Testing ES6 code

Testing with webpack and ES6

Recently, I’ve changed my webpack workflow, and switched to 6to5, to be able to write more of my React code in ES6 than the current jsx transpiler supports (and because 6to5 just rocks!). You can find this workflow in my boilerplate-webpack-react project. Switching was easy. I’ve just replaced jsx-loader with 6to5-loader and everything worked correctly.

Writing code and developing is a breeze with this workflow, especially with react-hot-loader. I didn’t look into writing test though yet, and it took me a little while to find out how to do it, so I explain it here.

Karma-webpack

Luckely, there exist a karma plugin webpack-karma that allows you to run webpack on files loaded by karma. This means, the test can be written in ES6 (or any other language you prefer that can be transpiled by a webpack loader), and your own code also gets transpiled.

Let me show my setup.

Install dependencies

First you need to install all dependencies:

npm install --save-dev karma karma-mocha karma-webpack karma-chrome-launcher should

I use mocha as test framework and should as assertion library, but this should work with anything that karma supports.

Karma configuration file

Next we need to create the karma config file karma.conf.js

// Karma configuration
var path = require('path');

module.exports = function(config) {
  config.set({
    // ... normal karma configuration

    files: [
    // all files ending in "_test"
    'test/*_test.jsx',
    'test/**/*_test.jsx'
    // each file acts as entry point for the webpack configuration
    ],


    frameworks: ['mocha'],


    browsers: ['Chrome'],


    preprocessors: {
      // add webpack as preprocessor
      'test/data/*.jsx': ['webpack'],
      'test/*_test.jsx': ['webpack'],
      'test/**/*_test.jsx': ['webpack']
    },

    webpack: {
      // webpack configuration
      output: {
        path: path.join(__dirname, 'dist'),
        publicPath: '/',
        filename: 'app.js',
        chunkFilename: '[chunkhash].js'
      },


      resolve: {
        extensions: ['', '.js', '.jsx', '.styl'],
        packageMains: ["webpack", "browser", "web", "browserify", "main"]
      },


      module: {
        loaders: [
          {test: /\.jsx$/, loaders: ['6to5-loader'] }
        ]
      }
    },


    webpackMiddleware: {
      // webpack-dev-middleware configuration
      // i. e.
      noInfo: true
    },

    plugins: [
      require('karma-chrome-launcher'),
      require('karma-mocha'),
      require('karma-webpack')
    ]

  });
};

First test

We also add a simple _sanitytest to make sure everything is setup correctly

import should from 'should';

describe('sanity test', () => {
  it('true should be true', () => {
    true.should.be.ok;
  });
});

First run

Now, if we want to run our test, we run:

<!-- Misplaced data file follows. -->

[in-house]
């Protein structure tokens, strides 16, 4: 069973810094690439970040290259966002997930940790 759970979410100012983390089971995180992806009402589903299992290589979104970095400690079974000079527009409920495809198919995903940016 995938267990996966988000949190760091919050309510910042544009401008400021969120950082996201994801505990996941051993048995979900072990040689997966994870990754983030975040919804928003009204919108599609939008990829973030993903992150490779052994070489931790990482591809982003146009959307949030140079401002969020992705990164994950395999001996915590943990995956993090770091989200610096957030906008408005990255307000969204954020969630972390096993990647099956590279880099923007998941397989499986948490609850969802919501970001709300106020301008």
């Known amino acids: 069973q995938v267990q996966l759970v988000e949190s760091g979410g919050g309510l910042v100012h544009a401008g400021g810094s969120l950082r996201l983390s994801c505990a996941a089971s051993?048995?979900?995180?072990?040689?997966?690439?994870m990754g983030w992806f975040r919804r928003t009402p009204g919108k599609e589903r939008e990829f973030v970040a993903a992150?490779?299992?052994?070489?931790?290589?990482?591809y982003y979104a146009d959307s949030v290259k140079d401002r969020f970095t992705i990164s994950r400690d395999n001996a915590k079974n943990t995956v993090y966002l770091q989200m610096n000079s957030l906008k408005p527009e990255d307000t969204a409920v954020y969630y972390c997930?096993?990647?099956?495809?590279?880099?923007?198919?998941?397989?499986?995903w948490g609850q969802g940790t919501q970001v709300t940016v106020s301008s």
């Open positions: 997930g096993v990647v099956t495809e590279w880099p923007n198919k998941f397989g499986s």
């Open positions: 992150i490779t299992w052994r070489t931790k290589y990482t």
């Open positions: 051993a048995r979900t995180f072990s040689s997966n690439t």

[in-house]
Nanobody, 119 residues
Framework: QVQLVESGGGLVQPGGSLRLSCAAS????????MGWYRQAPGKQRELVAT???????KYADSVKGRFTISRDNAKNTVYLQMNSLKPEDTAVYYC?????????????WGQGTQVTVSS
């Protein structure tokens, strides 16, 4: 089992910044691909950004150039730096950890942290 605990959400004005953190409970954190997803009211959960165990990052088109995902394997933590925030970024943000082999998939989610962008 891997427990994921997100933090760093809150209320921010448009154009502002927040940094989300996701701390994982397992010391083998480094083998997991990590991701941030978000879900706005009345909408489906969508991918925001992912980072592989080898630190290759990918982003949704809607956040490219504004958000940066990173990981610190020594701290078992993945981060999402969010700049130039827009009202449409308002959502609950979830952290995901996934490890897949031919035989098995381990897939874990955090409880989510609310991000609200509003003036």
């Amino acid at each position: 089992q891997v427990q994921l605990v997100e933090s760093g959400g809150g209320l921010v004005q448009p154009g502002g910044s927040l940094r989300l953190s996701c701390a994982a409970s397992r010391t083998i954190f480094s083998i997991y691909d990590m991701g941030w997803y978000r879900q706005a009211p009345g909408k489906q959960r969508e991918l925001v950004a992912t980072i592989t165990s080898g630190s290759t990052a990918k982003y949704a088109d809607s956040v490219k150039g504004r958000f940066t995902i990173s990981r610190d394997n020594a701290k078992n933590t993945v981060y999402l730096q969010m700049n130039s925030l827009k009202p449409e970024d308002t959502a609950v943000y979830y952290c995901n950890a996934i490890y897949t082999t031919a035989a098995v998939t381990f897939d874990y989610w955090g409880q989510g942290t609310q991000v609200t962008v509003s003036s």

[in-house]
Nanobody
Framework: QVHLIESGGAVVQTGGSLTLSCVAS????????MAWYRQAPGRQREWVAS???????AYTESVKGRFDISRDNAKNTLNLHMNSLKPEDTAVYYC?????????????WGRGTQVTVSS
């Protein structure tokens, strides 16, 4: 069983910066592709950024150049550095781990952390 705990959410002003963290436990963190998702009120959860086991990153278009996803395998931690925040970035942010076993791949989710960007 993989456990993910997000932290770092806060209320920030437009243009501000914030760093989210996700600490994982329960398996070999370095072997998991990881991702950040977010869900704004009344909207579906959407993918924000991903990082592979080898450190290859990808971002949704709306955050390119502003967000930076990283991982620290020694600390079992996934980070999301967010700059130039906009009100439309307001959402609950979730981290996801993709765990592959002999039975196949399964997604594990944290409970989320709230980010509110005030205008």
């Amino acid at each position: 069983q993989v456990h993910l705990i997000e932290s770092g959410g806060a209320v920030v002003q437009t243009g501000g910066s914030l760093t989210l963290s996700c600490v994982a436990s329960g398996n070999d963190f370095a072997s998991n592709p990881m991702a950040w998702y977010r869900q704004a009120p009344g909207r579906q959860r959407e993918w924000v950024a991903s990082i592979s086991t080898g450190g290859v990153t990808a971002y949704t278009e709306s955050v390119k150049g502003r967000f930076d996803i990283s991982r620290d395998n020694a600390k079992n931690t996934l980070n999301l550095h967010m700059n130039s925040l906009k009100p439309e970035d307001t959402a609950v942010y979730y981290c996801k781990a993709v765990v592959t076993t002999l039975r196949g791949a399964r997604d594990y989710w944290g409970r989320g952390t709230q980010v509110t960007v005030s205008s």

node node_modules/karma/bin/karma start karma.conf.js

This should start Chrome (if you don’t have chrome, see the karma browser configuration) and print this:

INFO [karma]: Karma v0.12.31 server started at http://localhost:9876/
INFO [launcher]: Starting browser Chrome
INFO [Chrome 39.0.2171 (Windows 7)]: Connected on socket xBMICOzH9lh3Eo9INXDA with id 55389724
Chrome 39.0.2171 (Windows 7): Executed 1 of 1 SUCCESS (0.009 secs / 0 secs)

Every time you change your code it will automatically rerun your tests.

To make it a bit easier to run the test, add the test command to npm:

"scripts": {
  "test": "node node_modules/karma/bin/karma start karma.conf.js"
}

You could also add --single-run if you want to run the test only once and don’t watch.

Testing React code

The steps above give you a working testing environment, now we can test our code:

To test this we create a simple React component Button.react.jsx:

import React from 'react';


export default React.createClass({
  displayName: 'Button',


  render() {
    return <div>button</div>;
  }
});

And we test it in _Button.reacttest.jsx:

import React from 'react/addons';
import should from 'should';

import Button from '../app/jsx/components/Button.react';

const TestUtils = React.addons.TestUtils;


describe('Button', () => {
  it('renders button div', () => {
    const button = TestUtils.renderIntoDocument(
      <Button />
    );
    TestUtils.isCompositeComponent(button).should.be.ok;
    button.getDOMNode().textContent.should.be.eql('button');
  });
});

Easy!

Remark

While testing, I ran into a problem. This line in HelloWorld.react.jsx: var exampleImage = require('../../images/example.jpg'); proved to be a problem. But the problem was quiet obvious to solve, I just needed to add a image loader to the karma webpack configuration:

module: {
  loaders: [
  {test: /\.jsx$/, loaders: ['6to5-loader'] },
  // Add the image loader
  {test: /.*\.(gif|png|jpg)$/, loaders: ['file?hash=sha512&digest=hex&size=16&name=[hash].[ext]', 'image-webpack-loader?optimizationLevel=7&interlaced=false']}
  ]
}

After this, I could test the HelloWorld component too.

Conclusion

Once you have this up, you can test your code with the same setup you already have. Webpack rocks!

If you have any questions, please leave them as an issue at my boilerplate repository (https://github.com/tcoopman/boilerplate-webpack-react/issues)

Commits

All steps and code above can be found in the commits between tag 0.0.9 and 0.0.10: https://github.com/tcoopman/boilerplate-webpack-react/commits/master

Thomas Coopman

Software Consultant